Its beige, plastic, rectangular shape was weird and creepy. It sat in the corner of my room like an uninvited guest – a bland-faced hospital bureaucrat perhaps, who would obsessively tidy up the clutter on my desk, then insist on listening to a program on ABC Radio National about dahlia cultivation.

It came with yards of coiled rubber tubing, and had a metal attachment called a ‘nipple’. It also had a thing called a ‘nasal cannula’ that was supposed to go up my nose. Ick.
Most unforgivably, it didn’t even match my furniture. How was I supposed to encourage a creative yet home-like aesthetic with something that looked like a dalek camped out in my bedroom?

If I ever had to wear the nasal thing in public (say answering the door, or hanging laundry on the line), people tended to avoid looking me in the eye. This is because the most common sight of someone hooked up to oxygen is when they are an actor dying of cancer on a telemovie. Me wearing one turned me into Scary Cancer Lady.

It took me months, and a bout of airway restricting influenza, for me to start using it properly. Stupid, I know.

And, I recently found out, highly unnecessary. Because concentrated oxygen has suddenly become the very latest hip and decidedly cool thing to inhale.

An ‘oxygen bar’ has recently opened up in Sydney’s Harbourside Shopping Centre. Here, by the darkly glimmering waters of Darling Harbour,  you can hook your stylish self up to a stylish nasal cannula, and enjoy stylish 90 % oxygen for a dollar a minute.

The ‘bar’ which is in the middle of a shopping mall, is all neon glowing surfaces, touch screens, and shapely white stools, and is decorated with a back-lit blown-up photo of blue sky and green grass. Evocative, I presume, of health and vitality.

Basically, it’s pretty tacky. It looks like a cross between a food-court juice bar and a nail salon. And then of-course there is the array of colour-coded bubbling oxygen flavours that make it look like the Slurpie section of your local Seven Eleven.

While experts such as a respiratory specialist from the Australian Lung Foundation, and two scientists from the University of Technology, Sydney, say that oxygen for healthy people is not only pointless but dangerous, the bar owner insists upon its health benefits.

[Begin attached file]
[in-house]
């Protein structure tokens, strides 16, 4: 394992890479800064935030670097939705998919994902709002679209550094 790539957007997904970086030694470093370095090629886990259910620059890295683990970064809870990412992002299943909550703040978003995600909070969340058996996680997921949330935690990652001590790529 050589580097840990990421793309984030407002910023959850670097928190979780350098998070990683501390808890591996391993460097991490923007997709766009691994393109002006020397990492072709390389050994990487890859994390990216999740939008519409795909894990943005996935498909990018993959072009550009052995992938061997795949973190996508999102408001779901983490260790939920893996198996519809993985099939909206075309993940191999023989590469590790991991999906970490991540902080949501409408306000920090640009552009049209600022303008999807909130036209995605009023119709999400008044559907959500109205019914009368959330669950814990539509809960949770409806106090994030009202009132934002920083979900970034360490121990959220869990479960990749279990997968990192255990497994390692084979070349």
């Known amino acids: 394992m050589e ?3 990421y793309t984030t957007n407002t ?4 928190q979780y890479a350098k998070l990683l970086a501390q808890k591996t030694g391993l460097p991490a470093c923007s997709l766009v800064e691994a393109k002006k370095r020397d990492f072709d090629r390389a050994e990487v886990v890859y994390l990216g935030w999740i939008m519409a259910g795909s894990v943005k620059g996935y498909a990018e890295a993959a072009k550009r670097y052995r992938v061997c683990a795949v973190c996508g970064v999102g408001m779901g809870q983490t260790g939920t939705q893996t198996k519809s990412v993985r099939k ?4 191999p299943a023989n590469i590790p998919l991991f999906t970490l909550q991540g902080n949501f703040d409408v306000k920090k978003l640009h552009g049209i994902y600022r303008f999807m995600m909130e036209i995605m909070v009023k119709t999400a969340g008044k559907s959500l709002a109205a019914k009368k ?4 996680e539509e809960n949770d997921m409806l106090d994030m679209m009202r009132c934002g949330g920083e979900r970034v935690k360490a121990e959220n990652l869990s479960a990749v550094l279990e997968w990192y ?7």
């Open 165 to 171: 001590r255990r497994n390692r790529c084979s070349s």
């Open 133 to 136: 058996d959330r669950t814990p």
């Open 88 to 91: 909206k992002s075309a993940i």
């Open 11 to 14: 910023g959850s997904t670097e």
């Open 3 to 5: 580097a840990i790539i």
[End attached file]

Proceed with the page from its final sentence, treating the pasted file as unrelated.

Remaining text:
Taking 90 % oxygen (most air that we breathe is only at 21%) is, apparently, a great way to relax, and speeds flu recovery. And if you’re up all night popping pills and hitting the clubs, then it’s a terrific hangover cure so you’re all perky for the seven am boardroom meeting.

So for years, I have been self-consciously hiding my diseased, cannula-wearing, self in my bedroom, while being hooked up to oxygen was what the cool kids were doing all along.
Worse still, now I puff around town with blue lips, unable to afford the portable oxygen that these days I would wear no matter how self-conscious I’d feel, while the rich and stupid sit in shopping malls sucking down a substance which does nothing for them.

It’s a bit ironic if you think about it.

I suppose you could argue that the same irony exists in many other consumer items. Food that one doesn’t need, for example. Only this morning I bought a pink glazed donut and guzzled half of it while driving home from an appointment.

It was an entirely unnecessary act of crass consumerism. Someone out there in the teeming hungry world would do wonders on that hefty wad of saturated fat and strawberry-flavouring.
But can oxygen be classed as a ‘consumer item’? Should it be? Isn’t taking pure oxygen for a hangover cure the same as having a blood transfusion for a health kick while someone else bleeds out in an emergency room for lack of adequate blood supplies?

Isn’t using oxygen for ‘a bit of a boost’ trivialising the terribly serious world of Medicine and Illness? Or is it a good thing; does it normalise and bring oxygen use out into the open?
I’m not really sure.

The only thing I am sure of, is that I won’t be eating any more donuts – at least not in public. How embarrassingly uncool of me. The really hip trendy people only eat artisan-produced gluten free organic confectionery made locally or in Belgium. From now on, public consumption of donuts will only occur when they are available intravenously in bars.